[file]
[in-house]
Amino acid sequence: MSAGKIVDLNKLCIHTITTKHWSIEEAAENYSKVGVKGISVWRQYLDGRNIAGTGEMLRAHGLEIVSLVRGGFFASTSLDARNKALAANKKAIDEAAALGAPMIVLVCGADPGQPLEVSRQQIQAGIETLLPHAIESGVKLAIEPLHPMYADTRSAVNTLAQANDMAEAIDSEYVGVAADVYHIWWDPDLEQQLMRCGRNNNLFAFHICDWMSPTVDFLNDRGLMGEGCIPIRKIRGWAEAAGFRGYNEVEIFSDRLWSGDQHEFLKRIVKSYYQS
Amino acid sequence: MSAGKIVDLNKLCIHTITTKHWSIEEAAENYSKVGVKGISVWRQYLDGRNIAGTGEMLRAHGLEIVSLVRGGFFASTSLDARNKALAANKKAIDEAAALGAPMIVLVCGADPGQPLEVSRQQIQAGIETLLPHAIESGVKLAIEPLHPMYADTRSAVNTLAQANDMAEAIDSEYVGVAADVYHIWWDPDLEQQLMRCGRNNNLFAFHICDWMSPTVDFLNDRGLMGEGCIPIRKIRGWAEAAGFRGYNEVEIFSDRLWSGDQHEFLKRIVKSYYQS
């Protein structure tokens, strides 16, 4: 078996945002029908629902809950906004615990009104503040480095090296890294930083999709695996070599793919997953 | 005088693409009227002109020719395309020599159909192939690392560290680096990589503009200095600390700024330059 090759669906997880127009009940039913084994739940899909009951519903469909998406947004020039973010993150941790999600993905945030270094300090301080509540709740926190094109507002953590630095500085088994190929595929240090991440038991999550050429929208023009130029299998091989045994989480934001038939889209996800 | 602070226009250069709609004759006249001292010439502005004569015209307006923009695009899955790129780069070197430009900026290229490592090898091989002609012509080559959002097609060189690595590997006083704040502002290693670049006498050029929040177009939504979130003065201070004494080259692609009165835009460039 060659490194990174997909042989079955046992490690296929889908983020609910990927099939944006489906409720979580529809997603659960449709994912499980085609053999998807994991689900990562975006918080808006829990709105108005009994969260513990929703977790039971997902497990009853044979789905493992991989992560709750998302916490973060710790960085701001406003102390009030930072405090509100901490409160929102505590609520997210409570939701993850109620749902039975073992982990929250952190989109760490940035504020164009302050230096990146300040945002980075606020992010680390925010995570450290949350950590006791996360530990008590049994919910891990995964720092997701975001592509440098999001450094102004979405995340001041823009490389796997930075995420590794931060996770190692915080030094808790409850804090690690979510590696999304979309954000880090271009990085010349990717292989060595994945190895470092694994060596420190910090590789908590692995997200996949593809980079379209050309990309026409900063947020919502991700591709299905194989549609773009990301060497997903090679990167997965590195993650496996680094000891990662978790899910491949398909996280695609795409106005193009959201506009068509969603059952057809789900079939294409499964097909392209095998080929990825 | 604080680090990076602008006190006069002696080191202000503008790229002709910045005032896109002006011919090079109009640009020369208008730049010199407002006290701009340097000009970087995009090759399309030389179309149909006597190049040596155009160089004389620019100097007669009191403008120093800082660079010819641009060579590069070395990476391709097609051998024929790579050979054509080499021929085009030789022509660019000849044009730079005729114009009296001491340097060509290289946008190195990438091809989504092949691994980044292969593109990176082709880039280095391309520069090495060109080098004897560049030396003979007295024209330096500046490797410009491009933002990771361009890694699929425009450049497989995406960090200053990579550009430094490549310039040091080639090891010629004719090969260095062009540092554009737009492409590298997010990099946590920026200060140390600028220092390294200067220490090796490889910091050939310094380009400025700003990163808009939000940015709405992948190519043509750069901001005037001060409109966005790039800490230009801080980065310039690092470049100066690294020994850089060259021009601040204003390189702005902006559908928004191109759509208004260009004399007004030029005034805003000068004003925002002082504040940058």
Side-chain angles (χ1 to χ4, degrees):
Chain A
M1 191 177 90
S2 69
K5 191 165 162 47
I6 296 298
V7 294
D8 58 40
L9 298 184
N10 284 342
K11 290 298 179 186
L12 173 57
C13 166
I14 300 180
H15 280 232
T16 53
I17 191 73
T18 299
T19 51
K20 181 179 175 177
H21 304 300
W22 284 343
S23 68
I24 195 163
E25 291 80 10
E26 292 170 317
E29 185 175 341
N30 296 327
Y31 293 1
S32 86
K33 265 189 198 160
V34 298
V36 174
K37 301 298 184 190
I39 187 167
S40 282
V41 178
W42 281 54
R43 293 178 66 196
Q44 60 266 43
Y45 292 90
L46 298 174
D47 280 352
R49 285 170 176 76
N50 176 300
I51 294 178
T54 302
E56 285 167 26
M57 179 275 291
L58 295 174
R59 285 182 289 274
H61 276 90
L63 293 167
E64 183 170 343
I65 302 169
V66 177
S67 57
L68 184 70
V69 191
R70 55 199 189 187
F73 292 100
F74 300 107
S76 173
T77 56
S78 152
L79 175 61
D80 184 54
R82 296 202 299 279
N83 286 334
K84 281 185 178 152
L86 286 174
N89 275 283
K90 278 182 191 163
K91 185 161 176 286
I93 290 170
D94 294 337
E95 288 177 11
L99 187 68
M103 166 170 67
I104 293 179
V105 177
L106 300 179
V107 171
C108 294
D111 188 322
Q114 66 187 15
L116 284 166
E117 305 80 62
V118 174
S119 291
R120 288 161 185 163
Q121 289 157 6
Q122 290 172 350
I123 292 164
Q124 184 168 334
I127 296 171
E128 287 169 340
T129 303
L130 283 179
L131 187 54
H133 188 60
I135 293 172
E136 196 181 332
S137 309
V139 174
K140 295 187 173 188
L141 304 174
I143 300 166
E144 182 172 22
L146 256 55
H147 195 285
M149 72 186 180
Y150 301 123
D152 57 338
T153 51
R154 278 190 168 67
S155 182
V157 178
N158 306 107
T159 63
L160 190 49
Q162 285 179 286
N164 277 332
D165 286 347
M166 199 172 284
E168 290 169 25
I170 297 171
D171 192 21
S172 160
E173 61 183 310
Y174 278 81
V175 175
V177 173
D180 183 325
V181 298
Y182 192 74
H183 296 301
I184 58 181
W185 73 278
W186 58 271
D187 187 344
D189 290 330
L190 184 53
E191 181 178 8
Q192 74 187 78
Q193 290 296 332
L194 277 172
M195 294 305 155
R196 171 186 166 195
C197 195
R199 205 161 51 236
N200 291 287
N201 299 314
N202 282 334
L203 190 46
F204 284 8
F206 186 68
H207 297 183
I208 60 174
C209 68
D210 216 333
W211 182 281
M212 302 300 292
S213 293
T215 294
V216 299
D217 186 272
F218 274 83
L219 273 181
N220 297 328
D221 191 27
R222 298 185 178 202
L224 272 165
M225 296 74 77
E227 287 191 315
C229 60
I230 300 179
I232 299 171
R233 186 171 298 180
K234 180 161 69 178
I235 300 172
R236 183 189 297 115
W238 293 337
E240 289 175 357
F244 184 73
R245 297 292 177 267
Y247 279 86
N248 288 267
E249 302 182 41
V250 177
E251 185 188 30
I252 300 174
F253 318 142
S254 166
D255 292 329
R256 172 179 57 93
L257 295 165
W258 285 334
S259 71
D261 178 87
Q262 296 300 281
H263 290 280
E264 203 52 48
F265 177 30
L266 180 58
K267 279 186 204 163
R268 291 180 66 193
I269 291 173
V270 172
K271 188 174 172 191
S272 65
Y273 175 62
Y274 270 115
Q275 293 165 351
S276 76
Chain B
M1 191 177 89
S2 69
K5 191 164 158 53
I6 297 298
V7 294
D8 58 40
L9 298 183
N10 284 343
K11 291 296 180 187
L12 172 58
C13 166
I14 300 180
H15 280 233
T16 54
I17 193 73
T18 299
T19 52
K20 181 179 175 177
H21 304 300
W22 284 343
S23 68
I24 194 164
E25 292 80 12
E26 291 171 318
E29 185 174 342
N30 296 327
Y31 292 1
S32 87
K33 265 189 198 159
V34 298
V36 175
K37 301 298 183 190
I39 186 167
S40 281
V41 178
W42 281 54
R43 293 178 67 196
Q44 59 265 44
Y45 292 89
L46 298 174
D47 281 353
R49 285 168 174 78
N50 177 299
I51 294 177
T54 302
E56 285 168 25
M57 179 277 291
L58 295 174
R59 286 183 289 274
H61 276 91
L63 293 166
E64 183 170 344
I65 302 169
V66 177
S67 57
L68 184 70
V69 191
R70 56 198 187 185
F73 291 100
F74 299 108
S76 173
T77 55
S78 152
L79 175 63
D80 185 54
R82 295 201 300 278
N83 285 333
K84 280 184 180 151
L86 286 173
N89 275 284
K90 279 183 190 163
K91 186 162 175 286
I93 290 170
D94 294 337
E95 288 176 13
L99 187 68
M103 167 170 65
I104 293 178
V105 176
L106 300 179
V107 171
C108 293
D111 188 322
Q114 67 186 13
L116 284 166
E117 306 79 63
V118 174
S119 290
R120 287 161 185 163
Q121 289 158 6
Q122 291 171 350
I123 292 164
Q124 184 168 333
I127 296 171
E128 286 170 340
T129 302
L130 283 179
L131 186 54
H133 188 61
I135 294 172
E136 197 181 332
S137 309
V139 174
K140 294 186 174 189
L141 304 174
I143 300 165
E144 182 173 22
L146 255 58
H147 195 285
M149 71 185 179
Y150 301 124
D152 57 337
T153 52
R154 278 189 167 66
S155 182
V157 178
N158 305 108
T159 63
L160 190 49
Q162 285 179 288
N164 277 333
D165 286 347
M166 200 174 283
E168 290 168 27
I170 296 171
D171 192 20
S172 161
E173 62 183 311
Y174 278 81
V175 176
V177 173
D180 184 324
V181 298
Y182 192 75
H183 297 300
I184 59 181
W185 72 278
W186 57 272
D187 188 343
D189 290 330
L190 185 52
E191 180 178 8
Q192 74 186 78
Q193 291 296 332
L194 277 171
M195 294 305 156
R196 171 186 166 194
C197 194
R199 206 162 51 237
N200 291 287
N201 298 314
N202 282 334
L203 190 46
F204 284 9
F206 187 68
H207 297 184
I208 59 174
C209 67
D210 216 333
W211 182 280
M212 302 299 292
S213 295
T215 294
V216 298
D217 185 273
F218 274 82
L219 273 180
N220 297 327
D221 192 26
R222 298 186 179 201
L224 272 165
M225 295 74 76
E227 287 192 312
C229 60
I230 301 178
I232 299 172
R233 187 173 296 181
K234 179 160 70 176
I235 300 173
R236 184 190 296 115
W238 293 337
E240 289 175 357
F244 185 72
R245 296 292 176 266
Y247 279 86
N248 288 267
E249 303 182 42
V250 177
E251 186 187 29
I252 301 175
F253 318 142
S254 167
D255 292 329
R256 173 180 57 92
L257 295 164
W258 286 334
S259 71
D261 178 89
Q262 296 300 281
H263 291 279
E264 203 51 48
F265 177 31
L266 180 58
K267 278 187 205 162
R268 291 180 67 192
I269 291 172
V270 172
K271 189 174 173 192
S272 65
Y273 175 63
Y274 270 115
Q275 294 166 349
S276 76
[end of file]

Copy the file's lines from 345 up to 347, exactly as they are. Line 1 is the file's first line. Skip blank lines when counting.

I170 296 171
D171 192 20
S172 161